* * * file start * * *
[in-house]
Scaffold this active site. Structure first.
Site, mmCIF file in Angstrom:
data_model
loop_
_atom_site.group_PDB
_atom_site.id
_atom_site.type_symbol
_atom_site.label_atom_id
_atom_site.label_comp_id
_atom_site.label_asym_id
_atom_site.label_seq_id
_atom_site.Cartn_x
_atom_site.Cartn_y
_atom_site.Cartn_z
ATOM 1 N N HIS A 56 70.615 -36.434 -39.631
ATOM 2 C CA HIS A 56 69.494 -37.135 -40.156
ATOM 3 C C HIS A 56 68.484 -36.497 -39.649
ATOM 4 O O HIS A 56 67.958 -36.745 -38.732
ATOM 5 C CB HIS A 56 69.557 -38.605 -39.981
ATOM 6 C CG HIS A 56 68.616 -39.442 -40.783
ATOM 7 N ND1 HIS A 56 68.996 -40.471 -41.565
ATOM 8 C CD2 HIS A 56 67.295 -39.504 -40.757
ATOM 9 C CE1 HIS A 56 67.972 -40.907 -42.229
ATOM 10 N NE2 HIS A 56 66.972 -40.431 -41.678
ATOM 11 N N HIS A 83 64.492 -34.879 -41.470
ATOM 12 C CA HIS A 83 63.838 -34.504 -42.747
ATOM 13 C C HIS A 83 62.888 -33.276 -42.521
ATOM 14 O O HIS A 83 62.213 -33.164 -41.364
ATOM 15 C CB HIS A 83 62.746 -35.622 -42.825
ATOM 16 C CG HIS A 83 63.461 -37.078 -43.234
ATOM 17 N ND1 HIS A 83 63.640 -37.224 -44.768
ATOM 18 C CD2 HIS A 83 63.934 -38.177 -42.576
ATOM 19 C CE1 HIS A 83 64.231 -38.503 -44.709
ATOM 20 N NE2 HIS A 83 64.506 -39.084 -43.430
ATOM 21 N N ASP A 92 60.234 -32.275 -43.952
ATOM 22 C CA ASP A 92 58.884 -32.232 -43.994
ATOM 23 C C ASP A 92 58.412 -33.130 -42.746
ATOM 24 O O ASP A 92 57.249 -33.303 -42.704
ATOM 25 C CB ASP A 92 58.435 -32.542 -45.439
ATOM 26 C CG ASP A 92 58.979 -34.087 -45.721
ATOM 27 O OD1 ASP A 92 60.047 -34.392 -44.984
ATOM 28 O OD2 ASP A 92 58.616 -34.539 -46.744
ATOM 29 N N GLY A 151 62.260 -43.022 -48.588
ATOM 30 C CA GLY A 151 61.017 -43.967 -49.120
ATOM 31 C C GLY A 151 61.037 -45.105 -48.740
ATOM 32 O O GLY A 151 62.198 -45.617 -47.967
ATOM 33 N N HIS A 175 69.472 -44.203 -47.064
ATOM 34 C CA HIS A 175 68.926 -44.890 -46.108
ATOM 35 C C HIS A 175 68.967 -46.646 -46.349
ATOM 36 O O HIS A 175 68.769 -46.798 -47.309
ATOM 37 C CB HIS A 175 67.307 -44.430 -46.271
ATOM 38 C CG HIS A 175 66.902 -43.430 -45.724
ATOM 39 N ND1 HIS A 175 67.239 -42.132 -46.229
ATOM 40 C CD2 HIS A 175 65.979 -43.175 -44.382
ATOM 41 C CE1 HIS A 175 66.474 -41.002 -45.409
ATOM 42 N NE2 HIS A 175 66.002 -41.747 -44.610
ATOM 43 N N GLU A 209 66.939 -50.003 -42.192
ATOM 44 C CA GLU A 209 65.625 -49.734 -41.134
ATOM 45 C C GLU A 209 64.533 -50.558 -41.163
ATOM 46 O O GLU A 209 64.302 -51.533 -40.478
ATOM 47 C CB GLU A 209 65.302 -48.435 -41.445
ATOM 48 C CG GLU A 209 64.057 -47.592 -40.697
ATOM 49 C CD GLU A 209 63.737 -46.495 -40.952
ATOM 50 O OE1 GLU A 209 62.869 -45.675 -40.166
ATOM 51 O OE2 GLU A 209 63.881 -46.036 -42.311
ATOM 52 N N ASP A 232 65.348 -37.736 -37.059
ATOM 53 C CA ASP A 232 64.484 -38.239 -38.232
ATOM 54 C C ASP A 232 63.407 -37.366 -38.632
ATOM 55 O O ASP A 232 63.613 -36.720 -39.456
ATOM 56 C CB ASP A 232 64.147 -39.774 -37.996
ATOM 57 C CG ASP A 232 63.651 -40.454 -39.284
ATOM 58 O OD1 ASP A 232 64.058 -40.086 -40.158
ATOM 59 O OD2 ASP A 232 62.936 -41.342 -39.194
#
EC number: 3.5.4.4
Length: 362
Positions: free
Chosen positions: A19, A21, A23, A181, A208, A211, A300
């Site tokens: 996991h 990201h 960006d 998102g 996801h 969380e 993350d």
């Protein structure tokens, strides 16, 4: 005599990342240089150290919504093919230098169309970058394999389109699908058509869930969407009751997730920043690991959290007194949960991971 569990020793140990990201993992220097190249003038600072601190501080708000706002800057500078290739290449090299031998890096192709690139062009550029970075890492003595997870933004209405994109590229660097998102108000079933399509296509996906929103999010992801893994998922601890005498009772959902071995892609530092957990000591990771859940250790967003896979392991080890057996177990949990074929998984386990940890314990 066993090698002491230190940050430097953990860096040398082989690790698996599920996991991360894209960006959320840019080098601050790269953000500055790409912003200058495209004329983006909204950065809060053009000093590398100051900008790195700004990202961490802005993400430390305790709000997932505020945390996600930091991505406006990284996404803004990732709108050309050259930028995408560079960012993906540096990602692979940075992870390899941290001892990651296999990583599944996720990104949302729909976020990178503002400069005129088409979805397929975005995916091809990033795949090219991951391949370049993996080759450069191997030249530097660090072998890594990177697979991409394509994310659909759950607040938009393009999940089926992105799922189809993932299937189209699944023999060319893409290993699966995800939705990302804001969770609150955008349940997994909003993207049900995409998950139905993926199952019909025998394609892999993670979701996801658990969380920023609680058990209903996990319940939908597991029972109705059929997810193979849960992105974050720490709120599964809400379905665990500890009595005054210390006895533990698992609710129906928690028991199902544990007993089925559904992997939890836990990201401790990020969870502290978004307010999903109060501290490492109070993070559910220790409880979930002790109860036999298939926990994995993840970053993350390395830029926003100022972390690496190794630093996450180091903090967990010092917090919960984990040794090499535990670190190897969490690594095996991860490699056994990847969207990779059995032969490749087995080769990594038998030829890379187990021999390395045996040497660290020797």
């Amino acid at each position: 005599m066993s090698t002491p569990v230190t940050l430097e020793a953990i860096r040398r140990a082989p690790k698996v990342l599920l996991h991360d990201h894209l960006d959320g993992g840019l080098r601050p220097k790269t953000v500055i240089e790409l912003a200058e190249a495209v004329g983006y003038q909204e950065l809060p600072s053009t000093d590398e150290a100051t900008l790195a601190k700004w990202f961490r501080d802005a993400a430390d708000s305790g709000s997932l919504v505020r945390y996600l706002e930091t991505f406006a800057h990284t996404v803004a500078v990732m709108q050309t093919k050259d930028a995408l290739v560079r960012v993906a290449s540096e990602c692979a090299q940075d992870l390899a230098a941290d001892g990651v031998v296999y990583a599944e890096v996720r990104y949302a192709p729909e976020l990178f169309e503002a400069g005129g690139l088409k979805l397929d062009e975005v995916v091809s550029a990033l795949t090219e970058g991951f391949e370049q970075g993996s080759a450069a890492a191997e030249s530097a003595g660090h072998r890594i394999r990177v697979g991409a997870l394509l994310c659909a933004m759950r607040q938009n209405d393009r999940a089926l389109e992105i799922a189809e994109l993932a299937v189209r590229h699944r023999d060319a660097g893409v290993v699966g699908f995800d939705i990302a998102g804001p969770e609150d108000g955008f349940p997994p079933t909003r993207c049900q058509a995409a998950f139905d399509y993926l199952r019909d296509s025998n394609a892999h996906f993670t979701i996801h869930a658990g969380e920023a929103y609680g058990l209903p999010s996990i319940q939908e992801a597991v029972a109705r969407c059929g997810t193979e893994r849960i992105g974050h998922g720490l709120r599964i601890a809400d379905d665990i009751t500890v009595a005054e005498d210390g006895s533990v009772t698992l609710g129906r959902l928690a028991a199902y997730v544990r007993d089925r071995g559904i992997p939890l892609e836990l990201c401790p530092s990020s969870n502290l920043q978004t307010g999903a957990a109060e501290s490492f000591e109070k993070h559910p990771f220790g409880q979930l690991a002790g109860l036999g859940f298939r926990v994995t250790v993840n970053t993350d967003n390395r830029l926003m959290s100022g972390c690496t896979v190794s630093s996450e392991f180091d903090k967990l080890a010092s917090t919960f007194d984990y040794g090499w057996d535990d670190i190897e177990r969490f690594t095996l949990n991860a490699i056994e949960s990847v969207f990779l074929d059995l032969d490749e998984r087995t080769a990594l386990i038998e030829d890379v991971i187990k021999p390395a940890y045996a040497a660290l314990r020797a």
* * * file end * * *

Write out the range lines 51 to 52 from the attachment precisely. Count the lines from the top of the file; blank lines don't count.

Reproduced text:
ATOM 36 O O HIS A 175 68.769 -46.798 -47.309
ATOM 37 C CB HIS A 175 67.307 -44.430 -46.271